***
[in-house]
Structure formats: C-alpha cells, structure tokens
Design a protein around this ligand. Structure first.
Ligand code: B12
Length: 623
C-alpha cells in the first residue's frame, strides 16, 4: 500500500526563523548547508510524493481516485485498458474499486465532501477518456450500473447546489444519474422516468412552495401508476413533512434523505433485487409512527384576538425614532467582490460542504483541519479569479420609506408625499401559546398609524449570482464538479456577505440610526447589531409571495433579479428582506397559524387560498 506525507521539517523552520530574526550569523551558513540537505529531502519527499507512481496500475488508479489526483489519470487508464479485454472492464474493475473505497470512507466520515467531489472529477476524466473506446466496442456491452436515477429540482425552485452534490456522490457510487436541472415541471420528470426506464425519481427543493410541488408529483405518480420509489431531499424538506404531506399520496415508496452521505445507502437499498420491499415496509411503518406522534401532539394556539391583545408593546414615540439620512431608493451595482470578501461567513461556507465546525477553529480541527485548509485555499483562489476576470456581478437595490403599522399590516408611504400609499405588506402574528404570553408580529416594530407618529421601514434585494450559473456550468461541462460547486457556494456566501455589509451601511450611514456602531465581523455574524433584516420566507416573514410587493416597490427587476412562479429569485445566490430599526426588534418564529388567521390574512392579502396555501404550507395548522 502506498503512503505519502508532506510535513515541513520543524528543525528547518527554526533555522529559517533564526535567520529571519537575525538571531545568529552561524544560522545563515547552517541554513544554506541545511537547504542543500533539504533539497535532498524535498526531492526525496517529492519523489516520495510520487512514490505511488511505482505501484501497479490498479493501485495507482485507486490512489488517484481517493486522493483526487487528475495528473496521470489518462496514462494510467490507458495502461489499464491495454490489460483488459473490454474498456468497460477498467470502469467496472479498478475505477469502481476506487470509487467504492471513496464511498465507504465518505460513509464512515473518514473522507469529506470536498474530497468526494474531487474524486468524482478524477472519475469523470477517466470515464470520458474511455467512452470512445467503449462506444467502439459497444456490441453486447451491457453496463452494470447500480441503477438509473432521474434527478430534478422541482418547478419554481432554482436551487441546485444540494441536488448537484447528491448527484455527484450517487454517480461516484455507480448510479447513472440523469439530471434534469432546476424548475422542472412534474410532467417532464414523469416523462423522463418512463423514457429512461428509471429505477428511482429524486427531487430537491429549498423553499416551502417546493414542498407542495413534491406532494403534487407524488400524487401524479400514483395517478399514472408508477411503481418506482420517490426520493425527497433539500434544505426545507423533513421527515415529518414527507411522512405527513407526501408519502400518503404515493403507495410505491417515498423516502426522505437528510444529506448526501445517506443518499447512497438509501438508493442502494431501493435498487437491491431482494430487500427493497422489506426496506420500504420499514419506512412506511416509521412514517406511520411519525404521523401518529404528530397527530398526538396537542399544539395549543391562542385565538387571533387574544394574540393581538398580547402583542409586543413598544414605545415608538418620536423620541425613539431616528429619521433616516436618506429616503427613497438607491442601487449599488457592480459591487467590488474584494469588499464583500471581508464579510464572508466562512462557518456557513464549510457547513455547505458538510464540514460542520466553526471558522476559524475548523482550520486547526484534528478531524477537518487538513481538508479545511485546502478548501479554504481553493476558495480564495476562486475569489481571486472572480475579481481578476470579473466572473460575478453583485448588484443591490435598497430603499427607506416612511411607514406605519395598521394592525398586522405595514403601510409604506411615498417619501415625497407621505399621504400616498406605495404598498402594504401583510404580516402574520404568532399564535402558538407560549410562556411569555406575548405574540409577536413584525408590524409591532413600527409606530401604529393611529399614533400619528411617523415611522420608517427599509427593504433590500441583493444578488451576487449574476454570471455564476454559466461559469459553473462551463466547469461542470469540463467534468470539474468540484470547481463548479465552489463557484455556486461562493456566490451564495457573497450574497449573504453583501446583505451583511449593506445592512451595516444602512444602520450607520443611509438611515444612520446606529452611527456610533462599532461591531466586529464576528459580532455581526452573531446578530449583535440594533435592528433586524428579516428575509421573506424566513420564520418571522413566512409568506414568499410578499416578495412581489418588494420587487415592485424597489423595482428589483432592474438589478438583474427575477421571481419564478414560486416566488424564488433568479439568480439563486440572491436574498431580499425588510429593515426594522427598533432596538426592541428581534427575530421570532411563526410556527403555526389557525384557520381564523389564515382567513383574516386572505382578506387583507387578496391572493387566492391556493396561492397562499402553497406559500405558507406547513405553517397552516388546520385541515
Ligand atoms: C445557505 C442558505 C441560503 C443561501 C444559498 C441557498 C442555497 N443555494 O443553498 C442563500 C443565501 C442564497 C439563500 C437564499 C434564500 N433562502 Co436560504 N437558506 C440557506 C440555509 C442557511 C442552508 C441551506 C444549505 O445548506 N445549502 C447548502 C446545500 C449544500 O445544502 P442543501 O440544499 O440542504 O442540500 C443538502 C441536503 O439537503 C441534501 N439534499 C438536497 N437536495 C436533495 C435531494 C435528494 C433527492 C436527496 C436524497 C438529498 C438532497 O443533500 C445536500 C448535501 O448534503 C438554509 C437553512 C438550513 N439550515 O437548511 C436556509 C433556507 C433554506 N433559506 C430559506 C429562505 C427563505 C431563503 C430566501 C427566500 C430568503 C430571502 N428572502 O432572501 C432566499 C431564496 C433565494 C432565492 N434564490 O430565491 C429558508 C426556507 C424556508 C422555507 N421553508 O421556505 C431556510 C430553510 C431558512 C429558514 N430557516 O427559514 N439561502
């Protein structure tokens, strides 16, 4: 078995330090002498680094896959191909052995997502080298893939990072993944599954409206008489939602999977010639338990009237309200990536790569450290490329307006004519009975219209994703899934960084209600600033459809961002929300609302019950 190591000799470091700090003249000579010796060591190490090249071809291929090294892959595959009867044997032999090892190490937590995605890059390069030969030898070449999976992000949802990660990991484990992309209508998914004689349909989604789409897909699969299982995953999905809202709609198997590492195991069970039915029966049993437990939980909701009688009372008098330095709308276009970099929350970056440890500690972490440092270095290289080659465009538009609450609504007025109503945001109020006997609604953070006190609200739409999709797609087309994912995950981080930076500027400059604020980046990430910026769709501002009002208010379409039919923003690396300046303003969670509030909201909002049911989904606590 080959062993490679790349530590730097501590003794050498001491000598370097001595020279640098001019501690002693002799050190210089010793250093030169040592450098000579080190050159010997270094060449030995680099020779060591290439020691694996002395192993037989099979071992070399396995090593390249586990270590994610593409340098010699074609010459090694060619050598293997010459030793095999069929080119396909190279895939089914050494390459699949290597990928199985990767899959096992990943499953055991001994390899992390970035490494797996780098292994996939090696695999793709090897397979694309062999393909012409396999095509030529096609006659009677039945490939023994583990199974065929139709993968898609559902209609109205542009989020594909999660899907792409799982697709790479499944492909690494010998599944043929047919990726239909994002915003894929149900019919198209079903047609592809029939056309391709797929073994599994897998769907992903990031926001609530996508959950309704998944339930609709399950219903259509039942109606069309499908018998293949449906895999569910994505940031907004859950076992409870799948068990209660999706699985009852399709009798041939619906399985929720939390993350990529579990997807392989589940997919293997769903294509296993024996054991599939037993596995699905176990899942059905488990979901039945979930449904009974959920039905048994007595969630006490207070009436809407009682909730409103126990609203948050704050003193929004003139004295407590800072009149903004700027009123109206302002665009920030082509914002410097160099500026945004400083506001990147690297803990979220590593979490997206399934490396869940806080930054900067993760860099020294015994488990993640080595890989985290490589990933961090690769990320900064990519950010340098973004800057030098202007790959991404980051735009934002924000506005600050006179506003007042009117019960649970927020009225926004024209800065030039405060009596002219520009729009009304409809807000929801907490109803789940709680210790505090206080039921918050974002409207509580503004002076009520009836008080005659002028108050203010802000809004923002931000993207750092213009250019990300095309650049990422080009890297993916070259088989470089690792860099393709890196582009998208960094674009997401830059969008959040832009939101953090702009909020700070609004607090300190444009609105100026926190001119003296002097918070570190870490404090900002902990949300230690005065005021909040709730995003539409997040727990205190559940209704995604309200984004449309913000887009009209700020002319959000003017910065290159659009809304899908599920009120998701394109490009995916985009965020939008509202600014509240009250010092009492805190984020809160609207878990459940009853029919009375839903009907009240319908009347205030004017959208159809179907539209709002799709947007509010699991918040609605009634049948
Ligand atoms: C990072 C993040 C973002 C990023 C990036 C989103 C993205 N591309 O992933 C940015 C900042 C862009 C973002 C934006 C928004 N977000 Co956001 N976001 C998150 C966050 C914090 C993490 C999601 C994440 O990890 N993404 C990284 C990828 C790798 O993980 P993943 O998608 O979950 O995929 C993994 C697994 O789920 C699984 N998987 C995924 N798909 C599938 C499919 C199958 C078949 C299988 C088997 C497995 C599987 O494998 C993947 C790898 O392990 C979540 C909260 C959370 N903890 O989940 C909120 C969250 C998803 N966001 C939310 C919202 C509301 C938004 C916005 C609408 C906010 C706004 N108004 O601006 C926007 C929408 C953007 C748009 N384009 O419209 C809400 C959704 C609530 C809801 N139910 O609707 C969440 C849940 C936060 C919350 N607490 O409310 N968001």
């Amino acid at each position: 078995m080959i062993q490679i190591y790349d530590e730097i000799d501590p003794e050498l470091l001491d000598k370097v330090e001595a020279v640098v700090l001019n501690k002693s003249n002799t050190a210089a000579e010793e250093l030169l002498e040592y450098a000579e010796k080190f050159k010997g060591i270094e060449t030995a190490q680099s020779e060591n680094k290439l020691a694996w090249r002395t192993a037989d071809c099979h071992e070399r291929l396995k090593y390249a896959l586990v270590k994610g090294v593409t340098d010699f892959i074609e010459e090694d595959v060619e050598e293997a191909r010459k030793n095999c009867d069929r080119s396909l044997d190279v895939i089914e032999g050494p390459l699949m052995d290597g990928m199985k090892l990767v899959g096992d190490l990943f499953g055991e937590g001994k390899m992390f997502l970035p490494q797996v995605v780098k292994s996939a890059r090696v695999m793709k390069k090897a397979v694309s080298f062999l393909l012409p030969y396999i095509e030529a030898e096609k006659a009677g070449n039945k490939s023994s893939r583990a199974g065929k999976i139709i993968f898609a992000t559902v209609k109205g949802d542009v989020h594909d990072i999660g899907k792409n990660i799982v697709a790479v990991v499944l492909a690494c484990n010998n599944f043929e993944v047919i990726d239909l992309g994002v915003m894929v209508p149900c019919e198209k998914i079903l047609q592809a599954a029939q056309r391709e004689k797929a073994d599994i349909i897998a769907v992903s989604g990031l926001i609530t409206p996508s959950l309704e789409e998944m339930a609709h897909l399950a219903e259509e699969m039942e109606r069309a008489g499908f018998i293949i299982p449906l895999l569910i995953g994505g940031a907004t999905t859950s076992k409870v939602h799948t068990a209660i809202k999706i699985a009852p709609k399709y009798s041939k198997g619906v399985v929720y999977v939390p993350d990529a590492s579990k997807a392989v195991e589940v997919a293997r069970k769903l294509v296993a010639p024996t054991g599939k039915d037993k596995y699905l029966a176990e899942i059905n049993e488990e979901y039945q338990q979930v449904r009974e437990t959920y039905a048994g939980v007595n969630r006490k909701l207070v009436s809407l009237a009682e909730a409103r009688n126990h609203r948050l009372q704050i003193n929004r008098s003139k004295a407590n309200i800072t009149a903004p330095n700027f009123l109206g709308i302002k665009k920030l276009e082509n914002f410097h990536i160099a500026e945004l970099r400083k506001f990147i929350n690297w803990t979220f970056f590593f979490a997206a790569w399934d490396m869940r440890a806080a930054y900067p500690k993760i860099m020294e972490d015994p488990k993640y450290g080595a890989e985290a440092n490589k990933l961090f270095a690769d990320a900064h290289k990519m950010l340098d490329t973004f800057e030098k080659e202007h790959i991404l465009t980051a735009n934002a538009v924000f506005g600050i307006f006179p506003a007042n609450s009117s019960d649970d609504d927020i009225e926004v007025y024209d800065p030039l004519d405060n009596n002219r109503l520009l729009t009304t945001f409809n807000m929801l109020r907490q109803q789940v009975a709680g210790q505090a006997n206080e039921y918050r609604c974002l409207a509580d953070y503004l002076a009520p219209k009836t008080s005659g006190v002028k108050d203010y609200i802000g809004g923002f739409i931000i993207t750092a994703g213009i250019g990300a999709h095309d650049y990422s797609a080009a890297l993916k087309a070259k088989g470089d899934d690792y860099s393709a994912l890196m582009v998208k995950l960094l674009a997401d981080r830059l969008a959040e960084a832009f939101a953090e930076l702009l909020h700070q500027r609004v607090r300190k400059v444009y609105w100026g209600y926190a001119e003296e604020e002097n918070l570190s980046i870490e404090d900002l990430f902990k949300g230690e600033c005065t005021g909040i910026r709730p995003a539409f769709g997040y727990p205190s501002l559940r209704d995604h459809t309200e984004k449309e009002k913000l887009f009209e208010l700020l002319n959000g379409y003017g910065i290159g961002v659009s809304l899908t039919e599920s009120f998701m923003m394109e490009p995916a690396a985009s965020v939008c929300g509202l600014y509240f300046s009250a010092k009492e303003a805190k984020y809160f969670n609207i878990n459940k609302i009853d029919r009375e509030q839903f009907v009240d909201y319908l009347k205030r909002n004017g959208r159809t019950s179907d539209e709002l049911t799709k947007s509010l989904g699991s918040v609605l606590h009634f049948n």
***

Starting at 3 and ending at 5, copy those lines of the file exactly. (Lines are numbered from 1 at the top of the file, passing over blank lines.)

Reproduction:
Design a protein around this ligand. Structure first.
Ligand code: B12
Length: 623